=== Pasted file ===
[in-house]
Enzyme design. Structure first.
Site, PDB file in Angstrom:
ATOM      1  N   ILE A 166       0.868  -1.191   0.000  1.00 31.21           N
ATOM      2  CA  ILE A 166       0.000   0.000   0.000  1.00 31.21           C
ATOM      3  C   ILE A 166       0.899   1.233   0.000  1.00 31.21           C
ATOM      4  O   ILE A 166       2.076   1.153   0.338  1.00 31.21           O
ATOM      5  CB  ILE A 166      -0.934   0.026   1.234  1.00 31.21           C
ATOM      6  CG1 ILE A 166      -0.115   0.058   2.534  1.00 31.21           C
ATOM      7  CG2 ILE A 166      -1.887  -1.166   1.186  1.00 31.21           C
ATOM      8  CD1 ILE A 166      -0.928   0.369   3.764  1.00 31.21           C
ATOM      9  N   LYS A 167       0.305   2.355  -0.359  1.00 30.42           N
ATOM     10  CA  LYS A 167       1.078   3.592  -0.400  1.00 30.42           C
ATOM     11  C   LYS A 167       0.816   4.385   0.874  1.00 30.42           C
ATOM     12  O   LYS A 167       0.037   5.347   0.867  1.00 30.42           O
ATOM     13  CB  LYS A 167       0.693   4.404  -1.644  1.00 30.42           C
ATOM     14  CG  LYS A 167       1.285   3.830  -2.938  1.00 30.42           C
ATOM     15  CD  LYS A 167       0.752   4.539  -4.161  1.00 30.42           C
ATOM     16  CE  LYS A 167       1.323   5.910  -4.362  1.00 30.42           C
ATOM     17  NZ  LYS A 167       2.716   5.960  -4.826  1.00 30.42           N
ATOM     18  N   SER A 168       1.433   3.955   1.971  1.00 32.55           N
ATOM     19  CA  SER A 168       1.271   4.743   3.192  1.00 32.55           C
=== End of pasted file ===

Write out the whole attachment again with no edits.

[in-house]
Enzyme design. Structure first.
Site, PDB file in Angstrom:
ATOM      1  N   ILE A 166       0.868  -1.191   0.000  1.00 31.21           N
ATOM      2  CA  ILE A 166       0.000   0.000   0.000  1.00 31.21           C
ATOM      3  C   ILE A 166       0.899   1.233   0.000  1.00 31.21           C
ATOM      4  O   ILE A 166       2.076   1.153   0.338  1.00 31.21           O
ATOM      5  CB  ILE A 166      -0.934   0.026   1.234  1.00 31.21           C
ATOM      6  CG1 ILE A 166      -0.115   0.058   2.534  1.00 31.21           C
ATOM      7  CG2 ILE A 166      -1.887  -1.166   1.186  1.00 31.21           C
ATOM      8  CD1 ILE A 166      -0.928   0.369   3.764  1.00 31.21           C
ATOM      9  N   LYS A 167       0.305   2.355  -0.359  1.00 30.42           N
ATOM     10  CA  LYS A 167       1.078   3.592  -0.400  1.00 30.42           C
ATOM     11  C   LYS A 167       0.816   4.385   0.874  1.00 30.42           C
ATOM     12  O   LYS A 167       0.037   5.347   0.867  1.00 30.42           O
ATOM     13  CB  LYS A 167       0.693   4.404  -1.644  1.00 30.42           C
ATOM     14  CG  LYS A 167       1.285   3.830  -2.938  1.00 30.42           C
ATOM     15  CD  LYS A 167       0.752   4.539  -4.161  1.00 30.42           C
ATOM     16  CE  LYS A 167       1.323   5.910  -4.362  1.00 30.42           C
ATOM     17  NZ  LYS A 167       2.716   5.960  -4.826  1.00 30.42           N
ATOM     18  N   SER A 168       1.433   3.955   1.971  1.00 32.55           N
ATOM     19  CA  SER A 168       1.271   4.743   3.192  1.00 32.55           C